Breaking: Gov't discussing nationalization w/Citi tonight
by bobswern, Sun Feb 22, 2009 at 06:18:42 PM EST
It's being heavily reported late this evening in the online edition of the Wall Street Journal that, "U.S. Eyes Large Stake in Citi."
U.S. Eyes Large Stake in Citi
Taxpayers Could Own Up to 40% of Bank's Common Stock, Diluting Value of Shares
By DAVID ENRICH and MONICA LANGLEY
Citigroup Inc. is in talks with federal officials that could result in the U.S. government substantially expanding its ownership of the struggling bank, according to people familiar with the situation.
While the discussions could fall apart, the government could wind up holding as much as 40% of Citigroup's common stock. Bank executives hope the stake will be closer to 25%, these people said.
Any such move would give federal officials far greater influence over one of the world's largest financial institutions. Citigroup has proposed the plan to its regulators. The Obama administration hasn't indicated if it supports the plan, according to people with knowledge of the talks.
So, it's not a done deal, but there's this interesting statement (see my emphasis in bold, below) in the article which indicates this is all occurring due to the folks at Citi--not the U.S. government--initiating this most recent discussion:
...The talks reflect a growing fear that Citigroup and other big U.S. banks could be overwhelmed by losses amid the recession and housing crisis. Last week, Citigroup's share price fell below $2 to an 18-year low. Bank executives increasingly believe that the government needs to take a larger ownership stake in the institution to stop the slide.
Under the scenario being considered, a substantial chunk of the $45 billion in preferred shares held by the government would convert into common stock, people familiar with the matter said. The government obtained those shares, equivalent to a 7.8% stake, in return for pumping capital into Citigroup.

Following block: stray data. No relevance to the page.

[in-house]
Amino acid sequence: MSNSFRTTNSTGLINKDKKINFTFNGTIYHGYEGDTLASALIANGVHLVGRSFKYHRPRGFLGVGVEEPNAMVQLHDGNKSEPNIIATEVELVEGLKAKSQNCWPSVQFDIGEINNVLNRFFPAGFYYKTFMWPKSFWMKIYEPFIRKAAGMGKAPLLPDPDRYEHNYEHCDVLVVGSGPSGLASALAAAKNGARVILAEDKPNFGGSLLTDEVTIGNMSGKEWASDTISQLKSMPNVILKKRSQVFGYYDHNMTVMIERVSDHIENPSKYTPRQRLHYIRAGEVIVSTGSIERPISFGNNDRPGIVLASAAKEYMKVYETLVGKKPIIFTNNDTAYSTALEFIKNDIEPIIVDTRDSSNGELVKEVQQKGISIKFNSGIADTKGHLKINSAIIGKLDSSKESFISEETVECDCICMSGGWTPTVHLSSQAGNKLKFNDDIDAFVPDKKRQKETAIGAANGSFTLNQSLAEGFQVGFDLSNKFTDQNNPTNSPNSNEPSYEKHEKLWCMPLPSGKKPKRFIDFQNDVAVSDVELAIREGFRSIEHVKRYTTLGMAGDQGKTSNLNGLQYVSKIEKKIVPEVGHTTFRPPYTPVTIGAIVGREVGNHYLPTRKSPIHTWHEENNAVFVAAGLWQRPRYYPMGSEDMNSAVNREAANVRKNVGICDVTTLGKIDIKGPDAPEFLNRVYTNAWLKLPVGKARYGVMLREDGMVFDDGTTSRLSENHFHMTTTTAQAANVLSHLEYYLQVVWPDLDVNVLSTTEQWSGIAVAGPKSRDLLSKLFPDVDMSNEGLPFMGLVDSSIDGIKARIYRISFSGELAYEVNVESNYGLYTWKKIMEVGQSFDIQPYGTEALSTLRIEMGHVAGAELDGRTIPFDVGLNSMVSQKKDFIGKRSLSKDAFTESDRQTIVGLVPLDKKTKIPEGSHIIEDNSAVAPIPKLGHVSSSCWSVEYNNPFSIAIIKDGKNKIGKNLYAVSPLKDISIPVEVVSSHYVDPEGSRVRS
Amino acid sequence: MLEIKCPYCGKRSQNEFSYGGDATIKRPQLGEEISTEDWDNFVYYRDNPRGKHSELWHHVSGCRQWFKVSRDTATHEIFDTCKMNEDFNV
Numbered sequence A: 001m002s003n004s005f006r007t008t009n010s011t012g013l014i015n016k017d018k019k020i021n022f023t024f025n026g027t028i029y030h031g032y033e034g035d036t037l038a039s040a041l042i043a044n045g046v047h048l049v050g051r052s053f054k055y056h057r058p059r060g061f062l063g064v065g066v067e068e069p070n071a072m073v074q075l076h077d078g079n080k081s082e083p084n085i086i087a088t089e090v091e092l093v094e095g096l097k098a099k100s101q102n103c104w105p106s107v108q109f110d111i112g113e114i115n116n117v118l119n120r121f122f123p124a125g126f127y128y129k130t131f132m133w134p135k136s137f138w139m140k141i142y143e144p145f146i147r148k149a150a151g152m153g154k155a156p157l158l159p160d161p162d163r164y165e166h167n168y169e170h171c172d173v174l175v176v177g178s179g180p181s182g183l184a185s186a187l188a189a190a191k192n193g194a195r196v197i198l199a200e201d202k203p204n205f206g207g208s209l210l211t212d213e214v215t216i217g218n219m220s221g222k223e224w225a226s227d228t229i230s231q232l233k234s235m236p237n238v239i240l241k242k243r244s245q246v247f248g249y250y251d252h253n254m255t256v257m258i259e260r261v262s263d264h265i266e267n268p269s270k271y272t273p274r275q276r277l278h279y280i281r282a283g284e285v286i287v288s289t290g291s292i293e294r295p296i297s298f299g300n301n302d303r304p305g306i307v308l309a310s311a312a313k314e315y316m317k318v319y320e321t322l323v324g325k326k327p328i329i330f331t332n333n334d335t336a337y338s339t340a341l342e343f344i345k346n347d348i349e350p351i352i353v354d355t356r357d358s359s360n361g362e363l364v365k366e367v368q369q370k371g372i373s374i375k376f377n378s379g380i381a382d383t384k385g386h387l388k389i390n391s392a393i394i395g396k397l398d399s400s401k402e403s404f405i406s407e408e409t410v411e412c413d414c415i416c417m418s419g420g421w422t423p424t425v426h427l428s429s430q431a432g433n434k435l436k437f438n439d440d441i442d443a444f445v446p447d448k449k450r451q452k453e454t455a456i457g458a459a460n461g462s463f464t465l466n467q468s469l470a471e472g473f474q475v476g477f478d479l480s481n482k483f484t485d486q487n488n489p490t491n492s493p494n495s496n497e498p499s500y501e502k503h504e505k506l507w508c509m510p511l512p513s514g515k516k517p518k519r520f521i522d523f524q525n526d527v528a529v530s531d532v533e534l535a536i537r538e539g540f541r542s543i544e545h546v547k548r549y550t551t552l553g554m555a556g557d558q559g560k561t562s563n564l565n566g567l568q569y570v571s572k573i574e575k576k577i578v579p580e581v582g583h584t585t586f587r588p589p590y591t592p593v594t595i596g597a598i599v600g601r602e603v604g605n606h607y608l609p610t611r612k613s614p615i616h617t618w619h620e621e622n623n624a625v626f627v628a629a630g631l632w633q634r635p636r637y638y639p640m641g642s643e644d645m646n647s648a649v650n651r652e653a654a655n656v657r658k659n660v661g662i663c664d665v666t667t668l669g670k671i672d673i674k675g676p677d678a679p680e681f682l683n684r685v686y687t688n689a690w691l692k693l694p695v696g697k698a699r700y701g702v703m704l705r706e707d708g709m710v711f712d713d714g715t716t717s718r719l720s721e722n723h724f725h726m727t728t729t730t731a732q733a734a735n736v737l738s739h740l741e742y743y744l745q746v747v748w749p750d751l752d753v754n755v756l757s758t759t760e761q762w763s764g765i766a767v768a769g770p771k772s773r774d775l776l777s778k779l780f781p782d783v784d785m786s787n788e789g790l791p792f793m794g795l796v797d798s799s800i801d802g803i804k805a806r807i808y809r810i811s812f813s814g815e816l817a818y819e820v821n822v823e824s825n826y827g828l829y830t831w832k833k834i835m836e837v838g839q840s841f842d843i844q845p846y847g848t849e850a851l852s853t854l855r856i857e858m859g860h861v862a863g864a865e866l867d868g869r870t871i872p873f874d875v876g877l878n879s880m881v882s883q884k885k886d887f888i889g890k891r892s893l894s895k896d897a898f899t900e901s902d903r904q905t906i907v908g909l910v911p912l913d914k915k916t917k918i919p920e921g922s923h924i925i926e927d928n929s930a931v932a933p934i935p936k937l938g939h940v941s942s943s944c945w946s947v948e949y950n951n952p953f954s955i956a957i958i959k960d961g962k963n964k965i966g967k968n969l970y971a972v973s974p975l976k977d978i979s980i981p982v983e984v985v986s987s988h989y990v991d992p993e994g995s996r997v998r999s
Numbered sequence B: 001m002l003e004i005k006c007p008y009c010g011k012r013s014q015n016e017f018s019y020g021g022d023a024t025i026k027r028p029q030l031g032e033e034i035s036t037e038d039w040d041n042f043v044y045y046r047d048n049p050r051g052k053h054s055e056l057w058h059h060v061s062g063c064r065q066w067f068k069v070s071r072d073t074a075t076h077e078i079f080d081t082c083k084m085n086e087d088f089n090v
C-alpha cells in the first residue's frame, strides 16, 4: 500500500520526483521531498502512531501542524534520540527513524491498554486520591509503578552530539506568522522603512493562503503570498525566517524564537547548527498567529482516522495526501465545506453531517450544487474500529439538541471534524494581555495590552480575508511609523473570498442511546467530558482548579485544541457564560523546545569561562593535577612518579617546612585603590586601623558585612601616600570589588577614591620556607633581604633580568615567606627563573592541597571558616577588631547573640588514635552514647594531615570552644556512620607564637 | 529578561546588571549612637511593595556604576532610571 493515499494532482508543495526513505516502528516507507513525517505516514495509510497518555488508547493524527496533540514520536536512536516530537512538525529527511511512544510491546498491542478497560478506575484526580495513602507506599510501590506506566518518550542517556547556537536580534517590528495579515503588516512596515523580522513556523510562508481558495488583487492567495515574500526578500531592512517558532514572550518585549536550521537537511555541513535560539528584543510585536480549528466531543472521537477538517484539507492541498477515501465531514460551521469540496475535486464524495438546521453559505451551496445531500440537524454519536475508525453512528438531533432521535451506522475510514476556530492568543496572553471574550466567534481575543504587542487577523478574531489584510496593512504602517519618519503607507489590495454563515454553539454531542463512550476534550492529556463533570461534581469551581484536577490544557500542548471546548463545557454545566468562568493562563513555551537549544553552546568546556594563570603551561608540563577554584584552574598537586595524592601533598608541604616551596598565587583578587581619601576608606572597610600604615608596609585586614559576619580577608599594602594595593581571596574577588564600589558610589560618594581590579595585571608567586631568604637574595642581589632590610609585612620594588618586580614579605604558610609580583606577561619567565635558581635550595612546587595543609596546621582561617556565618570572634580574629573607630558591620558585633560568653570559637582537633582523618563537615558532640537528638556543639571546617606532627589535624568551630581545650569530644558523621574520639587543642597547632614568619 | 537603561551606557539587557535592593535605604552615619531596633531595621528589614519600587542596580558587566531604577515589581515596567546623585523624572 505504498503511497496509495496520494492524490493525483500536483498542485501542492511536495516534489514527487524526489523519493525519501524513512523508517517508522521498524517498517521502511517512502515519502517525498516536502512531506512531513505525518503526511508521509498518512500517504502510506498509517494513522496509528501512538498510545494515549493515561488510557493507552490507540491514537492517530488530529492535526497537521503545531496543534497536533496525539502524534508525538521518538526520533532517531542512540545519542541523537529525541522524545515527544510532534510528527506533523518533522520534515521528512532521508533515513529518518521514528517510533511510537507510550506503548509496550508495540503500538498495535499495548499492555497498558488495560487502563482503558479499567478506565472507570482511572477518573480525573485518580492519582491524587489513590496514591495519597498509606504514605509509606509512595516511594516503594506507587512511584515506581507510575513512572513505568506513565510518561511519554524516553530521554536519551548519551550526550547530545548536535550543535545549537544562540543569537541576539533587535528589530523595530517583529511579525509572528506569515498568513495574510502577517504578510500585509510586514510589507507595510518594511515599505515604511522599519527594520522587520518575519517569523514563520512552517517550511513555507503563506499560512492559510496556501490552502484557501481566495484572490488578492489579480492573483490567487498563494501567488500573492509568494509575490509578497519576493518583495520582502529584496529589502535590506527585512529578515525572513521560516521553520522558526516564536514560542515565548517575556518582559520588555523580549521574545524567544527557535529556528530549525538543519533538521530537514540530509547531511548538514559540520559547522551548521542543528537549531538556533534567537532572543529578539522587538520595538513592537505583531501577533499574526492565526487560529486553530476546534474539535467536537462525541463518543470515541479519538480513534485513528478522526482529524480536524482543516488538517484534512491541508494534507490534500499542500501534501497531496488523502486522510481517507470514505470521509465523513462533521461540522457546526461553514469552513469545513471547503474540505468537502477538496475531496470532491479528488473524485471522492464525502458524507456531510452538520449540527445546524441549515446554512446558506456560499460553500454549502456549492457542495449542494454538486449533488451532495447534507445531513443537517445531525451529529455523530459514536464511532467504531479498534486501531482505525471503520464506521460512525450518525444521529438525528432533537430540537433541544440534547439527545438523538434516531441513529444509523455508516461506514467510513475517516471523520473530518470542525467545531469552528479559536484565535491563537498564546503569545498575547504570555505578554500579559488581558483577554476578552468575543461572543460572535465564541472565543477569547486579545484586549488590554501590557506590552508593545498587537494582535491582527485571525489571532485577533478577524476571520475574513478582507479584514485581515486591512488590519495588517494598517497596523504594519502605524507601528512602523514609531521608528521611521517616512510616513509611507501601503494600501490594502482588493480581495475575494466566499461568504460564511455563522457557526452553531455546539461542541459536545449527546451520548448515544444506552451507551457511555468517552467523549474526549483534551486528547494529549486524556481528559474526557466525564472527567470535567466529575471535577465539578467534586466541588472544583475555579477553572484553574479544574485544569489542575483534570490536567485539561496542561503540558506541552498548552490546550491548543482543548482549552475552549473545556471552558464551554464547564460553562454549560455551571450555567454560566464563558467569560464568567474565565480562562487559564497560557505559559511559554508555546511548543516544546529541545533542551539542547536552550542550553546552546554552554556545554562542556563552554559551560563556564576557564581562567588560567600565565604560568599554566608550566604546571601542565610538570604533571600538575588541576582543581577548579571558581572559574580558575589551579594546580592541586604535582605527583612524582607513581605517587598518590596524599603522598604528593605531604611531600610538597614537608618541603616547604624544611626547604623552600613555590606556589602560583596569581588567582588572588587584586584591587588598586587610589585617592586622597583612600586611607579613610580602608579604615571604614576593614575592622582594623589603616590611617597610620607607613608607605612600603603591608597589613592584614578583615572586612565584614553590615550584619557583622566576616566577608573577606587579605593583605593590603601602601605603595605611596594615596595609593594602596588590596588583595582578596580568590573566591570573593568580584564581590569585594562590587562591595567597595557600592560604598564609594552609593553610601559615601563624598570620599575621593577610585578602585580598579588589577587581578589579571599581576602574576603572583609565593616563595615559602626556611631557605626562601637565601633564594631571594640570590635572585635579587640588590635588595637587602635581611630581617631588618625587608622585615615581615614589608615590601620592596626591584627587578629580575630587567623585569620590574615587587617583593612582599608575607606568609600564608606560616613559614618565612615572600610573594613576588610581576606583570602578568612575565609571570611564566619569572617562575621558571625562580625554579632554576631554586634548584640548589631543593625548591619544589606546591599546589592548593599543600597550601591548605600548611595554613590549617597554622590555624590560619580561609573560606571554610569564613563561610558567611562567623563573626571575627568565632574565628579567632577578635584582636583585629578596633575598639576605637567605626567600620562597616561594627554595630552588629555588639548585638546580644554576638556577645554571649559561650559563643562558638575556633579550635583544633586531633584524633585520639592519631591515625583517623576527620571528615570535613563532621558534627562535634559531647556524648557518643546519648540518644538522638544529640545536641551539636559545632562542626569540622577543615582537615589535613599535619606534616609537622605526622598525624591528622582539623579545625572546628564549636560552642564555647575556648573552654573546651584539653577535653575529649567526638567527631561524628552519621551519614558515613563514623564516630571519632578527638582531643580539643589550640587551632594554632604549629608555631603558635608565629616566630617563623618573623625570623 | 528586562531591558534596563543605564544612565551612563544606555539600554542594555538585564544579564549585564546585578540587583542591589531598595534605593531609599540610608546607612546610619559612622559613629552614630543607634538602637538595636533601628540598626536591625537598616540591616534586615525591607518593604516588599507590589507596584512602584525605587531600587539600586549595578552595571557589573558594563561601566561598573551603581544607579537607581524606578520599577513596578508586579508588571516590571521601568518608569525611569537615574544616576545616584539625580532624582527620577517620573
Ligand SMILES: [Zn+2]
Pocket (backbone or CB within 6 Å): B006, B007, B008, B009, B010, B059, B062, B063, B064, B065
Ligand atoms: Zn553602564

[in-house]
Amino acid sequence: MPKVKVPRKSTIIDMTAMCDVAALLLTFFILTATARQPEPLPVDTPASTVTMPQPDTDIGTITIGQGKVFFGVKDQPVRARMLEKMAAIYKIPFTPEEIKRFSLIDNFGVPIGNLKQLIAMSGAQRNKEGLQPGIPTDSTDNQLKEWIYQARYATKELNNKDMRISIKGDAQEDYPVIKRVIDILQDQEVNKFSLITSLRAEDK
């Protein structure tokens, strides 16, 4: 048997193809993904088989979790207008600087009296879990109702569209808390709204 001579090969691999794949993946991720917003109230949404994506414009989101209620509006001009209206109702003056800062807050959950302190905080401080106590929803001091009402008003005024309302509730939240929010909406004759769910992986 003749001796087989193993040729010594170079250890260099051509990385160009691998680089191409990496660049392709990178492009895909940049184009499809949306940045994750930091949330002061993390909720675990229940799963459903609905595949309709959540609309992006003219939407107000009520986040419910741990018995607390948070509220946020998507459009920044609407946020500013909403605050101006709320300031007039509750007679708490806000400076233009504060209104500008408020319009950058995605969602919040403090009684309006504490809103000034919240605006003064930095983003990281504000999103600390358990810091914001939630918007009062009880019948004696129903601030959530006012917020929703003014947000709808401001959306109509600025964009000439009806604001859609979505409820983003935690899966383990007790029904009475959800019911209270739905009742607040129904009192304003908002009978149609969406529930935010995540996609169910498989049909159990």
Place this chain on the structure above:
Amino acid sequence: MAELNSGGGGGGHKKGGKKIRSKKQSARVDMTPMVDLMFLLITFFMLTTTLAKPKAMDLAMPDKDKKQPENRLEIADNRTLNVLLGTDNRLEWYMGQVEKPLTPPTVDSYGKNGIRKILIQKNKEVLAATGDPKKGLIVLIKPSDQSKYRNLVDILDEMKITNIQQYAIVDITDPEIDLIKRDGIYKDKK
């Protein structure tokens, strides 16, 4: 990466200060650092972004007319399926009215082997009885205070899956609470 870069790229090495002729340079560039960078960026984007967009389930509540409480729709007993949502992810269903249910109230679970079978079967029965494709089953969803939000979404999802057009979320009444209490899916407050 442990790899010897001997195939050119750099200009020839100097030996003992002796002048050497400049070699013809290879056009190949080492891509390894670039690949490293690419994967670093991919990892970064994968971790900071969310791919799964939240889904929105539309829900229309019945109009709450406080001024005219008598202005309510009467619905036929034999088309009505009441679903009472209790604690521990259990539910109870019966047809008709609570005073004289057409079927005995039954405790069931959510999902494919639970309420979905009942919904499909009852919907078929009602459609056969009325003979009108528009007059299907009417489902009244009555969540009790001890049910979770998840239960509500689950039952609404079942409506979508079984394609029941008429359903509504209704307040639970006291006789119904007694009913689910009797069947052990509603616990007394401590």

The move wouldn't cost taxpayers additional money, but other Citigroup shareholders would see their stock diluted. A larger ownership stake by the government could fuel speculation that other troubled banks will line up for similar agreements.
...A government move to take a big stake could backfire, potentially spurring investors to flee other banks, even healthier ones.
There's no universal agreement on what constitutes nationalization of a bank...
IMHO, this still could move a lot of different ways, with many options not being that great for taxpayers. For starters, while the spin on this is that 'it won't cost taxpayers a dime more than we've already spent,' the reality is there are massive backstops and related guarantees in place which haven't been exercised as of this writing.
In any event, there's no reason to get excited about any of this, regardless of the outcome. But, it all very much dovetails with Frank Rich's piece in today's New York Times, "What We Don't Know Will Hurt Us," where the reality is that external pressures--as opposed to governmental decisions ahead of the curve--will dictate what the government does or does not do when it comes to nationalizing certain banks here in the U.S., as well as a myriad of other moves the Fed's will make in coming weeks and months, as the economy slides deeper into the abyss.
In the most critical sense of the phrase, this story is: "To be continued..."